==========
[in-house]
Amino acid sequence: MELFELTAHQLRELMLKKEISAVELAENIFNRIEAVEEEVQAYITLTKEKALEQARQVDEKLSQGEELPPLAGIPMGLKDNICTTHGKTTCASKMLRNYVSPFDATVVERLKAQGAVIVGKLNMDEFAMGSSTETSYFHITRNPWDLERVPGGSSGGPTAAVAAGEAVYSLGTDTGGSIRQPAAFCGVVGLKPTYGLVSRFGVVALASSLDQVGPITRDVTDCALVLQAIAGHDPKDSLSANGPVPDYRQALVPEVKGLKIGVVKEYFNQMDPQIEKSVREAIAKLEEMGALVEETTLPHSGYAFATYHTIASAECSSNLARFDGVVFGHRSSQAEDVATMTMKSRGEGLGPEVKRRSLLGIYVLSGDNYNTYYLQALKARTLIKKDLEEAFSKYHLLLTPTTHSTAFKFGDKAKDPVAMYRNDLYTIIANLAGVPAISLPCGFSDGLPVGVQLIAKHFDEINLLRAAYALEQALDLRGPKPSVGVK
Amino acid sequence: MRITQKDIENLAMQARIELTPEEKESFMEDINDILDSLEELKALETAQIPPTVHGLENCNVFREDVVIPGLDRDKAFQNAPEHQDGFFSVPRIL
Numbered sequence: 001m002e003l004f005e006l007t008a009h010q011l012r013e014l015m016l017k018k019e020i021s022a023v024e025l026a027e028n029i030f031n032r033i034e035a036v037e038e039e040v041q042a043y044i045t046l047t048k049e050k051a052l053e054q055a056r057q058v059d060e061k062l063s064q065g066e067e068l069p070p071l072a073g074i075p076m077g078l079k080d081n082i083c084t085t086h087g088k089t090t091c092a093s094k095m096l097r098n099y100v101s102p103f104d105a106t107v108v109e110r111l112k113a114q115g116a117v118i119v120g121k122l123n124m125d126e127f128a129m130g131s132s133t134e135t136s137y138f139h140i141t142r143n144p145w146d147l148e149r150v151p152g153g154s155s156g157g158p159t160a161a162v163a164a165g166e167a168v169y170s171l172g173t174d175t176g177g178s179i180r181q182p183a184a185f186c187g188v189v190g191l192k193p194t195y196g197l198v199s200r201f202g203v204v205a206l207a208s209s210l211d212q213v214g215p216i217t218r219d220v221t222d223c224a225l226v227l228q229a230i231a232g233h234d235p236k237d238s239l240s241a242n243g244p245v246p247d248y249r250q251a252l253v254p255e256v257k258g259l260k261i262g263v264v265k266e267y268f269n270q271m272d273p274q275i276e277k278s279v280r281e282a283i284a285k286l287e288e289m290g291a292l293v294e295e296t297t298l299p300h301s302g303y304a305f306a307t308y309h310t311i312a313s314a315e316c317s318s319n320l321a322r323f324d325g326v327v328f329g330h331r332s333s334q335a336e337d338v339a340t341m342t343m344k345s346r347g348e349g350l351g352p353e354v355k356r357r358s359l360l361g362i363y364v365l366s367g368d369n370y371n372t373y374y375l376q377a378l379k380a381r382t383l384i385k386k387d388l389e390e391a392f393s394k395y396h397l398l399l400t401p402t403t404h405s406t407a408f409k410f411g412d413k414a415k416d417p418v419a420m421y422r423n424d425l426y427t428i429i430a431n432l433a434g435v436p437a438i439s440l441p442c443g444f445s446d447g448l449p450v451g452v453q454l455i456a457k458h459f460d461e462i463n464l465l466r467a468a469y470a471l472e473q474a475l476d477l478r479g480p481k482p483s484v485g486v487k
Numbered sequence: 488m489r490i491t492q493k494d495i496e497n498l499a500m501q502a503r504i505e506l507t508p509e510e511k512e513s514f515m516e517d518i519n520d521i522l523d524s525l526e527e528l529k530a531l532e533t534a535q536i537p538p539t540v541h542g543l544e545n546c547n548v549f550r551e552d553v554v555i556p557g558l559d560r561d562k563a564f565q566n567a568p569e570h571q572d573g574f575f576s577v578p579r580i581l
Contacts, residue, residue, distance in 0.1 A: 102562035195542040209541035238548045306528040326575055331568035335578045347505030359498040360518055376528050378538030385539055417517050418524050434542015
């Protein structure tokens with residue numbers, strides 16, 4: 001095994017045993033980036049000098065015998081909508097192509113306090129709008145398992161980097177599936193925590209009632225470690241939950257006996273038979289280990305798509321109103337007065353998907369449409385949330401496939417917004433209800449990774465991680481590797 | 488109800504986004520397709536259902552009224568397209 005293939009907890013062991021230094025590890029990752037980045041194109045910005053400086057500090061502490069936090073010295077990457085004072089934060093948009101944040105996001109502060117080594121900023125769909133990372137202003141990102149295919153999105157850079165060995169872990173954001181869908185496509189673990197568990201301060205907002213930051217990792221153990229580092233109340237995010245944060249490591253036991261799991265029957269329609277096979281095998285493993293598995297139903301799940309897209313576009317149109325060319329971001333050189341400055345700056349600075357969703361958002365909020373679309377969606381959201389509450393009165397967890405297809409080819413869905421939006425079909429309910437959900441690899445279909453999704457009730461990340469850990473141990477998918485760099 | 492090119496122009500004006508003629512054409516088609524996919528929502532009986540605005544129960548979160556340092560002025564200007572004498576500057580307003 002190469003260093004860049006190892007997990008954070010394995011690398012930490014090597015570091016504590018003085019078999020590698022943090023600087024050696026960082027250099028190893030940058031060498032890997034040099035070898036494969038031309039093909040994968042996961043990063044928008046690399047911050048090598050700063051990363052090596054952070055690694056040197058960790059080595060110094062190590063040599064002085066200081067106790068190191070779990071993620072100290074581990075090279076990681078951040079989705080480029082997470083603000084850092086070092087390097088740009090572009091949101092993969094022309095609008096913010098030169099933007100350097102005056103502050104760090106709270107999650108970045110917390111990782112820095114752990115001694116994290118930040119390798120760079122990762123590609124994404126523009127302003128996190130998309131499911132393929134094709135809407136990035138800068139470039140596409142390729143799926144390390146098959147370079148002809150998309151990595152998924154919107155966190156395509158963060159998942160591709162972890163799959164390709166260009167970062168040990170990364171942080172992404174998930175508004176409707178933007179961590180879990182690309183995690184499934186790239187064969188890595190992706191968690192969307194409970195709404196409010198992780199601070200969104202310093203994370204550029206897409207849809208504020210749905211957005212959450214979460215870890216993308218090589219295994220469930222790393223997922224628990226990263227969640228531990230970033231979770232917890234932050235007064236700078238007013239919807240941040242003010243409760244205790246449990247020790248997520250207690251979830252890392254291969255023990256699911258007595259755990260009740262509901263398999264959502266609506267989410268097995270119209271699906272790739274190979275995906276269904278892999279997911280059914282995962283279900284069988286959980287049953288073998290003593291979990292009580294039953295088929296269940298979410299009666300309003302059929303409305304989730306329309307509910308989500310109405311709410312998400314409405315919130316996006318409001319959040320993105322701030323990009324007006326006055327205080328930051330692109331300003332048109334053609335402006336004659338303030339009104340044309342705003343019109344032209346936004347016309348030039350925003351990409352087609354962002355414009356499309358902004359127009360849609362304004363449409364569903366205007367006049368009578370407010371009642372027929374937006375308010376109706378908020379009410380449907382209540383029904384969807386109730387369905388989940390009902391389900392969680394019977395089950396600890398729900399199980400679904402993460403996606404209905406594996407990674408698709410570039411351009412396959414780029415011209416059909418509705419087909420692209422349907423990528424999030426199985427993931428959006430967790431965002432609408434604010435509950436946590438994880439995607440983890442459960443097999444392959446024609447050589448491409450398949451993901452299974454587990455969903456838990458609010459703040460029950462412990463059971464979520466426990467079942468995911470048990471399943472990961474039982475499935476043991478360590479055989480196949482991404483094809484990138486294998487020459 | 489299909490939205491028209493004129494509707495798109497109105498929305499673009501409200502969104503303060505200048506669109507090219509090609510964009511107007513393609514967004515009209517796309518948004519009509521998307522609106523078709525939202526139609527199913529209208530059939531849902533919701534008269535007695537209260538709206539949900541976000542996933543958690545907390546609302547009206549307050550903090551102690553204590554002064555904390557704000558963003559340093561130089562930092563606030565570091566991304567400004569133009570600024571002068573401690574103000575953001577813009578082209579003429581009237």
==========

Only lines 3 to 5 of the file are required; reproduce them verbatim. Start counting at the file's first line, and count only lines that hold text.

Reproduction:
Amino acid sequence: MRITQKDIENLAMQARIELTPEEKESFMEDINDILDSLEELKALETAQIPPTVHGLENCNVFREDVVIPGLDRDKAFQNAPEHQDGFFSVPRIL
Numbered sequence: 001m002e003l004f005e006l007t008a009h010q011l012r013e014l015m016l017k018k019e020i021s022a023v024e025l026a027e028n029i030f031n032r033i034e035a036v037e038e039e040v041q042a043y044i045t046l047t048k049e050k051a052l053e054q055a056r057q058v059d060e061k062l063s064q065g066e067e068l069p070p071l072a073g074i075p076m077g078l079k080d081n082i083c084t085t086h087g088k089t090t091c092a093s094k095m096l097r098n099y100v101s102p103f104d105a106t107v108v109e110r111l112k113a114q115g116a117v118i119v120g121k122l123n124m125d126e127f128a129m130g131s132s133t134e135t136s137y138f139h140i141t142r143n144p145w146d147l148e149r150v151p152g153g154s155s156g157g158p159t160a161a162v163a164a165g166e167a168v169y170s171l172g173t174d175t176g177g178s179i180r181q182p183a184a185f186c187g188v189v190g191l192k193p194t195y196g197l198v199s200r201f202g203v204v205a206l207a208s209s210l211d212q213v214g215p216i217t218r219d220v221t222d223c224a225l226v227l228q229a230i231a232g233h234d235p236k237d238s239l240s241a242n243g244p245v246p247d248y249r250q251a252l253v254p255e256v257k258g259l260k261i262g263v264v265k266e267y268f269n270q271m272d273p274q275i276e277k278s279v280r281e282a283i284a285k286l287e288e289m290g291a292l293v294e295e296t297t298l299p300h301s302g303y304a305f306a307t308y309h310t311i312a313s314a315e316c317s318s319n320l321a322r323f324d325g326v327v328f329g330h331r332s333s334q335a336e337d338v339a340t341m342t343m344k345s346r347g348e349g350l351g352p353e354v355k356r357r358s359l360l361g362i363y364v365l366s367g368d369n370y371n372t373y374y375l376q377a378l379k380a381r382t383l384i385k386k387d388l389e390e391a392f393s394k395y396h397l398l399l400t401p402t403t404h405s406t407a408f409k410f411g412d413k414a415k416d417p418v419a420m421y422r423n424d425l426y427t428i429i430a431n432l433a434g435v436p437a438i439s440l441p442c443g444f445s446d447g448l449p450v451g452v453q454l455i456a457k458h459f460d461e462i463n464l465l466r467a468a469y470a471l472e473q474a475l476d477l478r479g480p481k482p483s484v485g486v487k
Numbered sequence: 488m489r490i491t492q493k494d495i496e497n498l499a500m501q502a503r504i505e506l507t508p509e510e511k512e513s514f515m516e517d518i519n520d521i522l523d524s525l526e527e528l529k530a531l532e533t534a535q536i537p538p539t540v541h542g543l544e545n546c547n548v549f550r551e552d553v554v555i556p557g558l559d560r561d562k563a564f565q566n567a568p569e570h571q572d573g574f575f576s577v578p579r580i581l